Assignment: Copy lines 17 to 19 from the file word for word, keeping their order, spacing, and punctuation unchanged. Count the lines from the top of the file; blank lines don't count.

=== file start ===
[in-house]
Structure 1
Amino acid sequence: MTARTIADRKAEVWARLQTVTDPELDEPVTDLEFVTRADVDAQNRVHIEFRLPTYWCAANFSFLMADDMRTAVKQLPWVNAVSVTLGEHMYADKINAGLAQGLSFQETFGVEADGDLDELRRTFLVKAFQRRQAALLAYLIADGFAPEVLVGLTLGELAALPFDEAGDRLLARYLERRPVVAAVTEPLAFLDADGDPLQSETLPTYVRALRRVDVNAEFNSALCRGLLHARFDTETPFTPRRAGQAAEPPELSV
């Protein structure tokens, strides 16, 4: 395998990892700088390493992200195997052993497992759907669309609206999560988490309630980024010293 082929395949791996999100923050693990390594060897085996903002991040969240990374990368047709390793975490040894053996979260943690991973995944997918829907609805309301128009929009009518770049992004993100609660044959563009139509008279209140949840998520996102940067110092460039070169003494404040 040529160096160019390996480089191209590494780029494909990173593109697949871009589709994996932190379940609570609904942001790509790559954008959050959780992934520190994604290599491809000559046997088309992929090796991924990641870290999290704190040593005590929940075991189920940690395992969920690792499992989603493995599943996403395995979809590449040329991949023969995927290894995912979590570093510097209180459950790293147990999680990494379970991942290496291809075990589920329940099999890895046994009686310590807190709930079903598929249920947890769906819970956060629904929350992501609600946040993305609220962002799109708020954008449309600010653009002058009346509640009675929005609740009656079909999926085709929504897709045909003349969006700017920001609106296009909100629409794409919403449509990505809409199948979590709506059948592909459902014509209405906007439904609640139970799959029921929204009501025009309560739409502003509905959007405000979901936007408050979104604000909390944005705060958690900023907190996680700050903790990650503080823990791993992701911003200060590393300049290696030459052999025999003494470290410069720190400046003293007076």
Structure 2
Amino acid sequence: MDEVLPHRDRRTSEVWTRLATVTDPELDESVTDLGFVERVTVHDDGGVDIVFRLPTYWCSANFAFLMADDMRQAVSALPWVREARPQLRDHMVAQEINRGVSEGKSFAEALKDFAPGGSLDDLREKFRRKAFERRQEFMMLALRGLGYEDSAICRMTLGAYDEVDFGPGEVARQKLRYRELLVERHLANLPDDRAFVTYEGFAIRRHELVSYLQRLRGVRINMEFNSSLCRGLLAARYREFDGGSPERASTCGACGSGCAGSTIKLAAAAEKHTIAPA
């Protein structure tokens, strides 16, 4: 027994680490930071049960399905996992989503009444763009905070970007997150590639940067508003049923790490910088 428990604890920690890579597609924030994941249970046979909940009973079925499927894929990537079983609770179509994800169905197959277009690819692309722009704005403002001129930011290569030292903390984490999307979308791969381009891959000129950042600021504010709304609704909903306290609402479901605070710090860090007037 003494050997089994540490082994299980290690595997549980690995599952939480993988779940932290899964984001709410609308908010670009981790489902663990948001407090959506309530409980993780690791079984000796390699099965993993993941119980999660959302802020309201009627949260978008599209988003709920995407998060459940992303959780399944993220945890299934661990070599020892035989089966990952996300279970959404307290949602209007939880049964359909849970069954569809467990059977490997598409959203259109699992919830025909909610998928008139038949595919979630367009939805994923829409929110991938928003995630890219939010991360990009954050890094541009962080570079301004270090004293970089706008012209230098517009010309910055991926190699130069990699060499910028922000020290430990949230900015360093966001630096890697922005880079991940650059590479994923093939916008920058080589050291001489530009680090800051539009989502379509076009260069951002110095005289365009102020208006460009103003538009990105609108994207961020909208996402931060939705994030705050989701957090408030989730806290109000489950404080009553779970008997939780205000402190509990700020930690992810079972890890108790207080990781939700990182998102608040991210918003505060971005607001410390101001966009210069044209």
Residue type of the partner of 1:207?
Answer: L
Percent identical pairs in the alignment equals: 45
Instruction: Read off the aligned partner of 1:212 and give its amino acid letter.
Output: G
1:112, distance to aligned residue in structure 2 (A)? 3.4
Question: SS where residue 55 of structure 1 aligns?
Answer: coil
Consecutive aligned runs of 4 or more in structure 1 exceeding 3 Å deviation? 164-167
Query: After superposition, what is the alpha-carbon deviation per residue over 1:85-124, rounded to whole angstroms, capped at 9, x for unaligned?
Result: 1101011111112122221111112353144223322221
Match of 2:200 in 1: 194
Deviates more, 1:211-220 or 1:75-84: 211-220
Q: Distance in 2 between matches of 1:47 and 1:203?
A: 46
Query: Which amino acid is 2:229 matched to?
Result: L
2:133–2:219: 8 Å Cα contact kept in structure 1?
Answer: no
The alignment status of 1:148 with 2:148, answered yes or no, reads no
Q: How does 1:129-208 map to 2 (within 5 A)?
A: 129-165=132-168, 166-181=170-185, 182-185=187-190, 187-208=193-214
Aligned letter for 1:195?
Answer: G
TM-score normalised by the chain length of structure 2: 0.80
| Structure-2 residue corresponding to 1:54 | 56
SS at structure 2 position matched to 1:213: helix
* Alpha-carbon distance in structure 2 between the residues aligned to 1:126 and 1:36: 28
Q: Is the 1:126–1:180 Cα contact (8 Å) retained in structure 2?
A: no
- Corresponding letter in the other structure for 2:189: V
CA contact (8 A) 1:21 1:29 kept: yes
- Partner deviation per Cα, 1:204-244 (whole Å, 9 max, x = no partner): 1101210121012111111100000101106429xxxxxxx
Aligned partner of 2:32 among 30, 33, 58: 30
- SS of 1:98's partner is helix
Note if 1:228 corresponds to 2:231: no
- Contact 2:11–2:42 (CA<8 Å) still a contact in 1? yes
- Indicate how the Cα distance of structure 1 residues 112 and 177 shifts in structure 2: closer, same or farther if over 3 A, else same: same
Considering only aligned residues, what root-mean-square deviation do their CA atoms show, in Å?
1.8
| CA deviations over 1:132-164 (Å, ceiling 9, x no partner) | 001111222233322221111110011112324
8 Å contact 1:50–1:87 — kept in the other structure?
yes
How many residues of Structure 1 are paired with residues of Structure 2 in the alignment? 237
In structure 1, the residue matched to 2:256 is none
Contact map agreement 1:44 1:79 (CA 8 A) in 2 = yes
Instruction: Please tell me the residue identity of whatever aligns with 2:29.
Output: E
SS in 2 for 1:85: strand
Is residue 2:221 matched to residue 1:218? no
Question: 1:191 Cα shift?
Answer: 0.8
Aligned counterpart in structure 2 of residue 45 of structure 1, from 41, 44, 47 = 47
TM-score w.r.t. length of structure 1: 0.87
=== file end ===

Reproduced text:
Query: After superposition, what is the alpha-carbon deviation per residue over 1:85-124, rounded to whole angstroms, capped at 9, x for unaligned?
Result: 1101011111112122221111112353144223322221
Match of 2:200 in 1: 194